By Rajinder Puri
The Indian government did not only reject another peace
proposal propagated by President Musharraf but also it did
not care to give a counter proposal. The Indian government
needs to formulate a strategy for peace based on its
foreign policy goal, the ground reality in India’s
neighbourhood and the methodology to convert that reality
into the desired goal.
Reunification of India, Pakistan, Bangladesh, Sri
Lanka, Nepal, Bhutan and Afghanistan into a European style
conglomerate would immensely benefit them. A minor
dilution of sovereignty may be the price to be paid for
attaining the status of one of the world’s powerful
economies. By product of such unification would be peace
and creation of lucrative cultural hubs.
Gains will far outweigh the sacrifices but is that goal
practical? Let us consider the ground conditions to assess
that. India is not comfortable with Bangladesh and
Nepal though it enjoys good rapport with the governments in
Sri Lanka and Afghanistan, both of which are torn by
internal strife. China’s interests lie in keeping the area
perennially in turmoil to contain India and nobody can
deny that China does that pretty well.
Pakistan remains the most crucial nation in the region
in India’s viewpoint not only because it has now gone
nuclear, but also because Kashmir continues to be the bone
of contention between the two. From China’s viewpoint
Pakistan acts as its strategic linchpin in the region.
Pakistan is an unnatural state. The majority of people
there were opposed to the partition. Punjab was under
congress coalition. Under the stewardship of Abdul Ghafoor
Khan NWFP was against the idea of Pakistan, Kalat, a
big area of Baluchistan wanted to join India but that was
not possible because of non-contagious borders. Strangely
the same logic was not applicable to East Bengal that was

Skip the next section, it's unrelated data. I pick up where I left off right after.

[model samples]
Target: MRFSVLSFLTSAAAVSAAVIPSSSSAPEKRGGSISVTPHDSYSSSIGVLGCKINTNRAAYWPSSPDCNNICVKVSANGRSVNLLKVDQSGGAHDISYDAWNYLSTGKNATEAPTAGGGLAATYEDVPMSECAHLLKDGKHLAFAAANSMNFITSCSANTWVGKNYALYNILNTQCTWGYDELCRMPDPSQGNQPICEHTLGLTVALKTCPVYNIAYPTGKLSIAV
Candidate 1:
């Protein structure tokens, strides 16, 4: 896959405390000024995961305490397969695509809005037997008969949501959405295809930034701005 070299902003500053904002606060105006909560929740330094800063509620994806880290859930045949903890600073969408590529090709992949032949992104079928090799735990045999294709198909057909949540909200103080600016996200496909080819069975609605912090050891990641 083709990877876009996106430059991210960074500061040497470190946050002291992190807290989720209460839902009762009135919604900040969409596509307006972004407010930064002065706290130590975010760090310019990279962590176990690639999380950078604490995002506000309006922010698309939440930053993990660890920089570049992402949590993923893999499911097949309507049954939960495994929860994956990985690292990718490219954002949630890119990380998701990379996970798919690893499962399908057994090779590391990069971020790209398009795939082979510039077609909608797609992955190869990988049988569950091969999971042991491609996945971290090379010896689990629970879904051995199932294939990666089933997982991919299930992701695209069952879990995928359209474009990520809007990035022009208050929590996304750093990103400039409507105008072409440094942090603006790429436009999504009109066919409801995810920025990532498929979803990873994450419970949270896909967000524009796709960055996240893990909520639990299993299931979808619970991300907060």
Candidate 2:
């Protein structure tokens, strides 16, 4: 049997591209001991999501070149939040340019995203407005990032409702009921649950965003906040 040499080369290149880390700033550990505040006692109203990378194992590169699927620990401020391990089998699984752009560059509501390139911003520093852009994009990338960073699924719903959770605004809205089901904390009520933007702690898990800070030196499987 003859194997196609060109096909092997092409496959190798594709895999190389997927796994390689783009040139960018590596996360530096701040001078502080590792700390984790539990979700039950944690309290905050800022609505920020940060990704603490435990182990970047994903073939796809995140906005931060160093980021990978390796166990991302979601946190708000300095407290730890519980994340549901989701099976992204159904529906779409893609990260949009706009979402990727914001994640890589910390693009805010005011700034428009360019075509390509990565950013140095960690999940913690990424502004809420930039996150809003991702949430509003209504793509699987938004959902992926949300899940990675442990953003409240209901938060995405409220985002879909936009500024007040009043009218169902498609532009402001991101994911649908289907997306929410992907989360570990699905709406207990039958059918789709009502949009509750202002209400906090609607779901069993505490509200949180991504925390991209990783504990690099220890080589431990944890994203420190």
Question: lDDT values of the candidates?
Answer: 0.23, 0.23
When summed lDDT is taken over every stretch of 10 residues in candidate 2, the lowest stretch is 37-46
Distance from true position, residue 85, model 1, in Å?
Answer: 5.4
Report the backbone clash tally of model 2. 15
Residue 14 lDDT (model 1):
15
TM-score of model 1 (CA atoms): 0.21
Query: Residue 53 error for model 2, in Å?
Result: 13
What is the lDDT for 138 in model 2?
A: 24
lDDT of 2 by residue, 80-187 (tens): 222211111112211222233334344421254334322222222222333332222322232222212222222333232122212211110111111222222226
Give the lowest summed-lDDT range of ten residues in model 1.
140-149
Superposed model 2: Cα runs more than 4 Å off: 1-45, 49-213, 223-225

far away. Congress goofed up the entire issue by
inconsistent stands adopted by them towards formation of
Pakistan should prosper in India’s interest. But it is
in turmoil because of resentment within the country against
Punjab in general and the Janjua community that stays
near Jhelum in particular.
Top brass of Pakistan’s army has an axe to grind in
keeping its trouble with India alive. Terrorism and
hostility towards India suit both the vested interests of
Pakistan and China. Pakistan has to deal with discontent in
Baluchistan which is close to Hamid Karzai’s Afghan
government and in turn to America. Baluchistan may turn
into a proxy battleground between China and USA with
completion of construction of the strategic Gwadar port by
China in Baluchistan.
Time is running out for Musharraf. He has to choose between
India and China. India should help Musharraf only if he
agrees to create a unified South Asian Community. Only on
that condition his proposal of a self-administered Kashmir
should be taken up. Otherwise Pakistan will fall apart.
Jehadis will destroy it.
India cannot afford to patch up with China till the South
Asian Union comes into being because in that case its
position will be compromised as an independent state.
China must stop interference in South Asian affairs. India
has to ensure that for its own survival as a respectable
This is the logical road map. If the government can
come up with an alternative it should be made public.
Intrigue and conspiracy in foreign policy have been
replaced by transparency and realistic anticipation in this
Statesmanship in the present era demands transparency.